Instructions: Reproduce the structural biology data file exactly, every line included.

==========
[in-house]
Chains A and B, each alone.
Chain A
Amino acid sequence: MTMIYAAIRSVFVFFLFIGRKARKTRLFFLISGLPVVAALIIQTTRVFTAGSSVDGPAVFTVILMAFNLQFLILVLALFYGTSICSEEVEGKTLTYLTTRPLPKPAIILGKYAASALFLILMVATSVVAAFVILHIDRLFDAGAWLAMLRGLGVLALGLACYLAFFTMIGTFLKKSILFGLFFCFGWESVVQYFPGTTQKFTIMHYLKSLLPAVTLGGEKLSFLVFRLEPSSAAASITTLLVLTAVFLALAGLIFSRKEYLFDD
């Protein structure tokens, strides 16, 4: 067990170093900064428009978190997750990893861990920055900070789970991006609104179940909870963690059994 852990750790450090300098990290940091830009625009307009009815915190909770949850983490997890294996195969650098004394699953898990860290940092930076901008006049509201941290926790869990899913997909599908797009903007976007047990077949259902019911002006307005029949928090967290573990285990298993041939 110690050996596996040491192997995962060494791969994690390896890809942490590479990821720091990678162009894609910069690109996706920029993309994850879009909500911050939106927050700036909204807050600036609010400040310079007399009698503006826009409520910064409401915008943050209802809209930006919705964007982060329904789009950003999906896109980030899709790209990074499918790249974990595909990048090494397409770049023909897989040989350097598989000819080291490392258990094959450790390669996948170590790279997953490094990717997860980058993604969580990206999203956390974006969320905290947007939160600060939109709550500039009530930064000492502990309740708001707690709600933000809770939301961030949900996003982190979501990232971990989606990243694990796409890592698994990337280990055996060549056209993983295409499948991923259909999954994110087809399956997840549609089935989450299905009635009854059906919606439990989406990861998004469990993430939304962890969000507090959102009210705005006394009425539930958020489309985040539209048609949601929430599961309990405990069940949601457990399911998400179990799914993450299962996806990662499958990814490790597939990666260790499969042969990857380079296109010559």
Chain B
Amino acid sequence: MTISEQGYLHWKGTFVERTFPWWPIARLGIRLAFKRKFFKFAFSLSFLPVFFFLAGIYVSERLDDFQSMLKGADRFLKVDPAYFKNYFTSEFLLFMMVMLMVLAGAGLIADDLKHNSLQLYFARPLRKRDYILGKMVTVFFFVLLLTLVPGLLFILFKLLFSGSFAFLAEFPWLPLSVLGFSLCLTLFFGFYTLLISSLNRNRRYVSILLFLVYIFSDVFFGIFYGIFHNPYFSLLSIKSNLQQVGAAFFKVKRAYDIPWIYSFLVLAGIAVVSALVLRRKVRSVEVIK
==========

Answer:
[in-house]
Chains A and B, each alone.
Chain A
Amino acid sequence: MTMIYAAIRSVFVFFLFIGRKARKTRLFFLISGLPVVAALIIQTTRVFTAGSSVDGPAVFTVILMAFNLQFLILVLALFYGTSICSEEVEGKTLTYLTTRPLPKPAIILGKYAASALFLILMVATSVVAAFVILHIDRLFDAGAWLAMLRGLGVLALGLACYLAFFTMIGTFLKKSILFGLFFCFGWESVVQYFPGTTQKFTIMHYLKSLLPAVTLGGEKLSFLVFRLEPSSAAASITTLLVLTAVFLALAGLIFSRKEYLFDD
């Protein structure tokens, strides 16, 4: 067990170093900064428009978190997750990893861990920055900070789970991006609104179940909870963690059994 852990750790450090300098990290940091830009625009307009009815915190909770949850983490997890294996195969650098004394699953898990860290940092930076901008006049509201941290926790869990899913997909599908797009903007976007047990077949259902019911002006307005029949928090967290573990285990298993041939 110690050996596996040491192997995962060494791969994690390896890809942490590479990821720091990678162009894609910069690109996706920029993309994850879009909500911050939106927050700036909204807050600036609010400040310079007399009698503006826009409520910064409401915008943050209802809209930006919705964007982060329904789009950003999906896109980030899709790209990074499918790249974990595909990048090494397409770049023909897989040989350097598989000819080291490392258990094959450790390669996948170590790279997953490094990717997860980058993604969580990206999203956390974006969320905290947007939160600060939109709550500039009530930064000492502990309740708001707690709600933000809770939301961030949900996003982190979501990232971990989606990243694990796409890592698994990337280990055996060549056209993983295409499948991923259909999954994110087809399956997840549609089935989450299905009635009854059906919606439990989406990861998004469990993430939304962890969000507090959102009210705005006394009425539930958020489309985040539209048609949601929430599961309990405990069940949601457990399911998400179990799914993450299962996806990662499958990814490790597939990666260790499969042969990857380079296109010559």
Chain B
Amino acid sequence: MTISEQGYLHWKGTFVERTFPWWPIARLGIRLAFKRKFFKFAFSLSFLPVFFFLAGIYVSERLDDFQSMLKGADRFLKVDPAYFKNYFTSEFLLFMMVMLMVLAGAGLIADDLKHNSLQLYFARPLRKRDYILGKMVTVFFFVLLLTLVPGLLFILFKLLFSGSFAFLAEFPWLPLSVLGFSLCLTLFFGFYTLLISSLNRNRRYVSILLFLVYIFSDVFFGIFYGIFHNPYFSLLSIKSNLQQVGAAFFKVKRAYDIPWIYSFLVLAGIAVVSALVLRRKVRSVEVIK